The California condor is the only bird species in the U.S. that has been approved for the new emergency-use vaccine, which was administered this summer to condors bred in captivity during a trial at the Los Angeles Zoo, the San Diego Zoo Safari Park and the Oregon Zoo."

More at source:

https://apnews.com/article/california-condors-vaccine-avian-influenza-65e27a0751666eee0e3ab3b82ae18251

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North Dakota:

Jackson Sperry's Eagle Scout project will provide safe nests for mallard ducks.

Sperry and fellow scouts are using 14-gauge mesh wire rolled into circles, and clipper together with an insulating straw wall to produce a nest.

(When completed)... “We’re going to wait until the water freezes over so we can walk on top of the ice, and then drill a hole. And then use the pole driver and drive it into the ground. And then connect the T-pole on top with the nest portion already in,” said Jackson Sperry with Troop 123.

More at source including photo:

https://www.kfyrtv.com/2023/12/03/bismarck-scout-troop-working-project-mallard-birds/

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Microsleeping...

For sleepy scouters, nodding off can be inconvenient—say, during a scoutmaster conference—or even downright dangerous, say while sitting around a campfire. :)   ... "But for Antarctica’s nesting chinstrap penguins (Pygoscelis antarcticus), these seconds long bits of shuteye known as “microsleeps” may help them survive. These mininaps net the birds about 11 hours of sleep per day, potentially offering them a way to rest while remaining vigilant over their eggs and chicks, researchers report today in Science. The work could shine a light on how different animals adapt their dozing to cope with stressful circumstances."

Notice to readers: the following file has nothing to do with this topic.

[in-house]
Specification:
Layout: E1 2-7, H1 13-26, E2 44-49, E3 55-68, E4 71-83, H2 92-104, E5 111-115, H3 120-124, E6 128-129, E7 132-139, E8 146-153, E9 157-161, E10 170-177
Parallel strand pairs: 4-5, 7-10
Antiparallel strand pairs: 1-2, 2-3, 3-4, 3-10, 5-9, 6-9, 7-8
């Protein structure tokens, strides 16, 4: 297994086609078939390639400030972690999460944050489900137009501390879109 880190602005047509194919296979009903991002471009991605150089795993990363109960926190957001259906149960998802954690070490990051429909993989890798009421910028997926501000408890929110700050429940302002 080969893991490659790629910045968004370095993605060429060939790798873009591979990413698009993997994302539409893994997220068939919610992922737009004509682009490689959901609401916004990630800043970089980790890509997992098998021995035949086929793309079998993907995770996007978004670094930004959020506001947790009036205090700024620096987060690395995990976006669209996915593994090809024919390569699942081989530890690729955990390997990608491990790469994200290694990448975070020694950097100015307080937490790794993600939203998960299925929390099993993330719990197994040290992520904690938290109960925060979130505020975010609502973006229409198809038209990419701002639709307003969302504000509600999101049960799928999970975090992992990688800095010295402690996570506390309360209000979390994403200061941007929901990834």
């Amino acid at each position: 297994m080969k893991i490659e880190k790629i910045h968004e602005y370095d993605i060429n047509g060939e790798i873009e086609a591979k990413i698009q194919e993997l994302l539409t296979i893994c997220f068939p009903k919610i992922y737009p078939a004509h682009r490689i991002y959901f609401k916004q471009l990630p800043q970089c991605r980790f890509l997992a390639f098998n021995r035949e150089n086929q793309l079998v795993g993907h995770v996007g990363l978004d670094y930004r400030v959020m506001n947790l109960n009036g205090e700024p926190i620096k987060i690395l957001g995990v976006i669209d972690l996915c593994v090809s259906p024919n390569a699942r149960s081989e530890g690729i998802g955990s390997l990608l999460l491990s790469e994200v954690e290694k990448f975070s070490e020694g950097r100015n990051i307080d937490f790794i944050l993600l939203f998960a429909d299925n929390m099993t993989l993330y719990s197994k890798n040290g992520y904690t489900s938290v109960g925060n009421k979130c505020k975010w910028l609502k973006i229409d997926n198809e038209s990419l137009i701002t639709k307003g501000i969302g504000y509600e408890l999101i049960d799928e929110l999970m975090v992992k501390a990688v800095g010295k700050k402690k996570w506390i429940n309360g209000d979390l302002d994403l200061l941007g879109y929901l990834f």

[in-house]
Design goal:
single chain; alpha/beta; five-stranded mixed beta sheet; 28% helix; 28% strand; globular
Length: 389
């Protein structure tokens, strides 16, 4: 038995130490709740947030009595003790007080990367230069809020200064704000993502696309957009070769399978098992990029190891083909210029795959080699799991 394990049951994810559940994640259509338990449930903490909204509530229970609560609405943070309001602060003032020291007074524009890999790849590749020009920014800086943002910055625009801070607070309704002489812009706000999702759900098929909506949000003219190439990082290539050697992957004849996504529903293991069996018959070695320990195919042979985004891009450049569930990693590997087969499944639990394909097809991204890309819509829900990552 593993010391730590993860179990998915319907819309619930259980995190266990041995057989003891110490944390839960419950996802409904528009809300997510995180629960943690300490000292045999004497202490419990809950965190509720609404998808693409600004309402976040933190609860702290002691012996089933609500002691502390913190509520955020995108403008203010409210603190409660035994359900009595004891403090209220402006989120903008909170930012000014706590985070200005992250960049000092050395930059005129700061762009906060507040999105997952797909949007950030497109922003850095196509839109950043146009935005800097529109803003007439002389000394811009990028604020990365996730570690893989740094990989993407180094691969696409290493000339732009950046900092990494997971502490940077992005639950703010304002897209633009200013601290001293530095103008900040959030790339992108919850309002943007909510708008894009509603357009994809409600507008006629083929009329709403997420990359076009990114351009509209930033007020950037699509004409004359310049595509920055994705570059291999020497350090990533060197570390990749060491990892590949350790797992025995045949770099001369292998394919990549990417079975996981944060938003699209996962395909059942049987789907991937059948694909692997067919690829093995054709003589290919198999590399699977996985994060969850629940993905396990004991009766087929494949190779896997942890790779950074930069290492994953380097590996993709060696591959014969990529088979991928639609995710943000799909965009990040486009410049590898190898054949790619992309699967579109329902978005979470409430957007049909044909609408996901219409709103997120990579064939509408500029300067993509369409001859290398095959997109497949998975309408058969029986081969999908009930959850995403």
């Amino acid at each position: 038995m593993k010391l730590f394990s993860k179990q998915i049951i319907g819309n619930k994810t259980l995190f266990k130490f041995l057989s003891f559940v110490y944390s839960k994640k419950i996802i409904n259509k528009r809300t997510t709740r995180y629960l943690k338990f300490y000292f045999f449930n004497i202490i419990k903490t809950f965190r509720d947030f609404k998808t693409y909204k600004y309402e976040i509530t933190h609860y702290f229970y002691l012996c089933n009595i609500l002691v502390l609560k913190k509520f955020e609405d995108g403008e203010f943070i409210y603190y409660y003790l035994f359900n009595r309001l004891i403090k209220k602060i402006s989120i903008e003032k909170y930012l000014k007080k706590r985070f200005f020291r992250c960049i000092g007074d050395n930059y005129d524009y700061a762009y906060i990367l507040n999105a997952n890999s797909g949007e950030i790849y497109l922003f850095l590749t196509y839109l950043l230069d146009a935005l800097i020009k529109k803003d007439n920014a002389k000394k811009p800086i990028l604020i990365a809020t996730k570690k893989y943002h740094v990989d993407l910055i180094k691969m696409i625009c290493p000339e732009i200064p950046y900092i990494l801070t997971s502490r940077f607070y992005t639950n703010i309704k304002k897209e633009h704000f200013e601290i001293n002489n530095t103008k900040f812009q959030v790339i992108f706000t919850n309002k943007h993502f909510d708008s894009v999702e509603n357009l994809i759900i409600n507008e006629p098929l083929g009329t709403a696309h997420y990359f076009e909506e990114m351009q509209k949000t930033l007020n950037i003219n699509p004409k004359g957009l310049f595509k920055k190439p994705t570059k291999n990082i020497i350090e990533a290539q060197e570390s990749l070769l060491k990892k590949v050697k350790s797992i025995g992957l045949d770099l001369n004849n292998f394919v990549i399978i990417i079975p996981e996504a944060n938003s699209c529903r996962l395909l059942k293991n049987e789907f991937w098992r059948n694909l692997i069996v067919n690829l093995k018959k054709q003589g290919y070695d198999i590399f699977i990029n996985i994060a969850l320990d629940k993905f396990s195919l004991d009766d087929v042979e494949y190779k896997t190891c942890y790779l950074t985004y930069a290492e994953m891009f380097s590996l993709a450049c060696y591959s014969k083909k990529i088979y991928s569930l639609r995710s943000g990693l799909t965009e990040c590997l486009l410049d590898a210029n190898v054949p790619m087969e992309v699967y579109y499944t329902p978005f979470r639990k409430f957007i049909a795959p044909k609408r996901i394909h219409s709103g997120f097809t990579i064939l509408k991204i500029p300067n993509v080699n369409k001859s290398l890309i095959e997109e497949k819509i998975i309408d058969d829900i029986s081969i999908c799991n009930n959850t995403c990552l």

"Penguins live in a high-stress environment. They breed in crowded colonies, and all their predators are there at the same time," said Daniel Paranhos Zitterbart, who studies penguins at the Woods Hole Oceanographic Institution in Massachusetts and was not involved in the study.

Microsleeping is "an amazing adaptation" to enable near constant vigilance, he said.

Sources:

https://www.science.org/content/article/antarctic-penguin-sleeps-11-hours-day-few-seconds-time

https://www.smdailyjournal.com/news/national/penguin-parents-sleep-for-just-a-few-seconds-at-a-time-to-guard-newborns-study/article_94cbd4c6-9092-11ee-ac98-4343b405b629.html

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  • 2 months later...

Wildlife photographer "Daniel Dencescu spent hours following the starlings around the city and suburbs of Rome, Italy.

Finally, on the cloudless winter's day, the murmuration, swirled into the shape of a giant bird."  (Perhaps communicating to photographer to stop following them? :unsure: )

He was a finalist in Wildlife Photographer of the Year People's Choice Award competition.

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More on "The Secrets and Science Behind Starling Murmurations". 

https://animals.howstuffworks.com/birds/starling-murmurations.htm

An interesting read on the study of murmurations and application to animations (bats in Batman Returns) and swarm robotics (drones).